Conduit Book Review *Angie Martin*
How do you hide from a killer when he’s in your mind?
Emily Monroe conceals her psychic gift from the world, but her abilities are much too strong to keep hidden from an equally gifted killer. A savvy private investigator, she discreetly uses her psychic prowess to solve cases. When the police ask her to assist on a new case, she learns the killer they seek is not only psychic, but is targeting her.
The killer wants more than to invade her mind; he wants her. Believing they are destined for each other, he uses his victims as conduits to communicate with her, and she hears their screams while they are tortured. She opens her minds to help the victims, but it gives him a portal that he uses to lure her to him. With the killer taking over her mind, she must somehow stop him before she becomes his next victim.
Conduit by Angie Martin has a great premise with an interesting blurb that will grab readers who are fans of suspense and thrillers, with a little supernatural on the side (if you think a character having ESP is considered supernatural). The first half of the story builds up the tension and lays the case for the female protagonist who becomes the obsession of a serial killer. But as the serial killer is revealed, the story takes a typical turn and is very planned in it’s execution, leading to a very uneventful and unsurprising end. Also the secondary characters, including Emily’s best friend and love interested aren’t that dimensional, including the serial killer David, who is pretty much like any other serial killer found in this type of book. But the time we reach the climax with Emily and David, my interest waned because the build up to their confrontation took too long.
Emily and her best friend Cassie, a former police officer own and operate their own investigation company. Emily is psychic and can tap into people’s emotions and feelings, which helps her on cases. One day something taps into Emily, causing her to do automatic writing against her will, falling into a blackness filled with fear and horror that makes her sick, including hearing faint voices crying out for help. The reason Emily has been targeted is because a serial killer is torturing and killing women, seven so far, in order to reach out to Emily who he bumped into one day at a coffee shop. David feels a connection with Emily since he’s also psychic, and in his sick mind is in love with her. Until Emily figures out who he is and where he is so they can be together, he’ll continue to torture and kill women until he and Emily are fully connected.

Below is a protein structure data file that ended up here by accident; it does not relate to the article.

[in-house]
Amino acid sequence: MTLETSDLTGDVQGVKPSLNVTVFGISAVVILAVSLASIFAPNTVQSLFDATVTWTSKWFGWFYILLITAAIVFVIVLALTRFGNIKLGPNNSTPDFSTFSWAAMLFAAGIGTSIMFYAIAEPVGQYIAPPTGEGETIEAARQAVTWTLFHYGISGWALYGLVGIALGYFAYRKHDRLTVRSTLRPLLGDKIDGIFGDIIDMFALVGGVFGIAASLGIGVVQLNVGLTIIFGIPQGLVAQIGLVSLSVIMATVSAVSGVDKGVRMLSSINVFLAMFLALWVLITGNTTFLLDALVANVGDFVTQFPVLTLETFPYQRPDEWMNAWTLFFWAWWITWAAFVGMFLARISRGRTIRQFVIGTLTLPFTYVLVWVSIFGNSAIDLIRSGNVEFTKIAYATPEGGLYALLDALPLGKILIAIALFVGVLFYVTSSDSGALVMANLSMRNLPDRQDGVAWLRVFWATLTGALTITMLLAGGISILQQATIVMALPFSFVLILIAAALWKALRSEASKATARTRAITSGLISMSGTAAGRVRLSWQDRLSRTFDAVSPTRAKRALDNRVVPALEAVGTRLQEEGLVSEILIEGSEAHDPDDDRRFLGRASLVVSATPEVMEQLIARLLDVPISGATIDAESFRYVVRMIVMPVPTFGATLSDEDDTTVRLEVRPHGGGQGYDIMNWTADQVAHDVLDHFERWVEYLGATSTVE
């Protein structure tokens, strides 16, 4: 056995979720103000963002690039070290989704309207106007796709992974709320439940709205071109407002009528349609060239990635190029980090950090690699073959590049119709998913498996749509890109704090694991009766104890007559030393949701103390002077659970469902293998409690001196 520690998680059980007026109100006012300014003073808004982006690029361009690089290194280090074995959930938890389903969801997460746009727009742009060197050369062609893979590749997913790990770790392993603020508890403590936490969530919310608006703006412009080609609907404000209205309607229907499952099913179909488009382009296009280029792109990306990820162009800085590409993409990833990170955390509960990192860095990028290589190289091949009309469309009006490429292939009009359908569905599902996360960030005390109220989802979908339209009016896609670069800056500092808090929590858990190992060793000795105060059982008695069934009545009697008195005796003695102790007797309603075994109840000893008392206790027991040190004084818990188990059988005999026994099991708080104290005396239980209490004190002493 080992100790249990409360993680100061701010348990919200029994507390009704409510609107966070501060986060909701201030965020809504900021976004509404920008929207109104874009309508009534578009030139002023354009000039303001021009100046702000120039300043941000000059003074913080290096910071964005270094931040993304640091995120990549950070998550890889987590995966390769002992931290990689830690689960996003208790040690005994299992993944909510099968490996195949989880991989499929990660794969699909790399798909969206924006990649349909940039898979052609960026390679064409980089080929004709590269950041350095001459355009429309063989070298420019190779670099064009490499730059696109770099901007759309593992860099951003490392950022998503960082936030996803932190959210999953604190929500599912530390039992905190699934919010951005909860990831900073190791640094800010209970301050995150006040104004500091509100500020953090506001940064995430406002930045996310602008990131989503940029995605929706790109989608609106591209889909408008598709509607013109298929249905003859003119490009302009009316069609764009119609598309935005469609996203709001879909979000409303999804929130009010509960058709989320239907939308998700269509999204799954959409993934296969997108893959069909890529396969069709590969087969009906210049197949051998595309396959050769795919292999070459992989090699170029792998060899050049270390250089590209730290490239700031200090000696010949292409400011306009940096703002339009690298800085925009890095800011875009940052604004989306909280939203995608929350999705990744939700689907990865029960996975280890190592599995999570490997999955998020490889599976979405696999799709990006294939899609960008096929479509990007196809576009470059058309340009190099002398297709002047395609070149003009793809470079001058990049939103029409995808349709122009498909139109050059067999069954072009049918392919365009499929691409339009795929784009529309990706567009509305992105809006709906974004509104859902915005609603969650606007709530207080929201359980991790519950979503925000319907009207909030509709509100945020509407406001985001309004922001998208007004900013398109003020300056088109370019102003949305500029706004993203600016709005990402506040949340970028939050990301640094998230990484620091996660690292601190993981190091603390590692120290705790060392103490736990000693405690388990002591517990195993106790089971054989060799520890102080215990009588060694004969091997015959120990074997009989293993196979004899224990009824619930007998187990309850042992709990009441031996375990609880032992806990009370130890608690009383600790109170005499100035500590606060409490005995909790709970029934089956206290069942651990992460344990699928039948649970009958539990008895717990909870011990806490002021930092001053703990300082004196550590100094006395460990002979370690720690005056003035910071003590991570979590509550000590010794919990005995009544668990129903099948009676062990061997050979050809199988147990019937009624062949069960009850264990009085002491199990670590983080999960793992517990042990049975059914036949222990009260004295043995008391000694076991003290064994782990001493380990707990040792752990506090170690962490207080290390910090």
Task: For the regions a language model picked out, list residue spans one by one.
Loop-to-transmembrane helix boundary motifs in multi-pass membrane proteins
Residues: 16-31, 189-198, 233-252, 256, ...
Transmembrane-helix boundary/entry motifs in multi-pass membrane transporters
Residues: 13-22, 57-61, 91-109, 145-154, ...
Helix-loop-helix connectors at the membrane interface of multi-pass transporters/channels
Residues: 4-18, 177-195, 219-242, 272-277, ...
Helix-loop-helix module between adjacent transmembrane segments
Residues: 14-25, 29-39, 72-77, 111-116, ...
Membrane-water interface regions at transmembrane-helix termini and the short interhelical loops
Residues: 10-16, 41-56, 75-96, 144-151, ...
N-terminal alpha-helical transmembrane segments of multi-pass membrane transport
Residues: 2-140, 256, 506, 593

It takes Emily some time to realize David is calling out to her. She will help the police catch him, but it starts to take a toll on her. During this time she begins a romance with Jake, a man who works with her ex-boyfriend lawyer, which is a complication. Also, Jake has psychic tendencies also, which helps him get close to Emily, which in turn leads to them developing a sexual relationship. But as Emily gets closer to finding David, danger comes knocking on her door in the form of David who targets someone she loves, causing her to take a change and confront David on her own in order to save that person she loves, and stop this maniac before he kills again.
Conduit isn’t all that suspenseful or thrilling. It has that been there, done that feel. I just wasn’t engaged as I hoped for. David doesn’t have an outstanding seductive personality. He’s this phantom who whispers in Emily’s mind with the only purpose to hurt and kill women, and nothing else. His motivation mimics other types of serial killers found in romantic suspense. Also the way he accomplishes his crimes and his freedom to do so is very weak, and again has been used in many other types of books of this nature. David isn’t a Hannibal Lector by a long short, or even close to Chelsea Cain’s Gretchen Lowell. Those characters are superior disturbed monsters and serial killers done right.
Conduit’s wow factor is minimal, although the writing and character development had some merit. Emily is a heroine you can sympathize with, but she stuck in a story and a plot that has more fizzle than pop. (Self-Published, $3.99)
Final Grade: C
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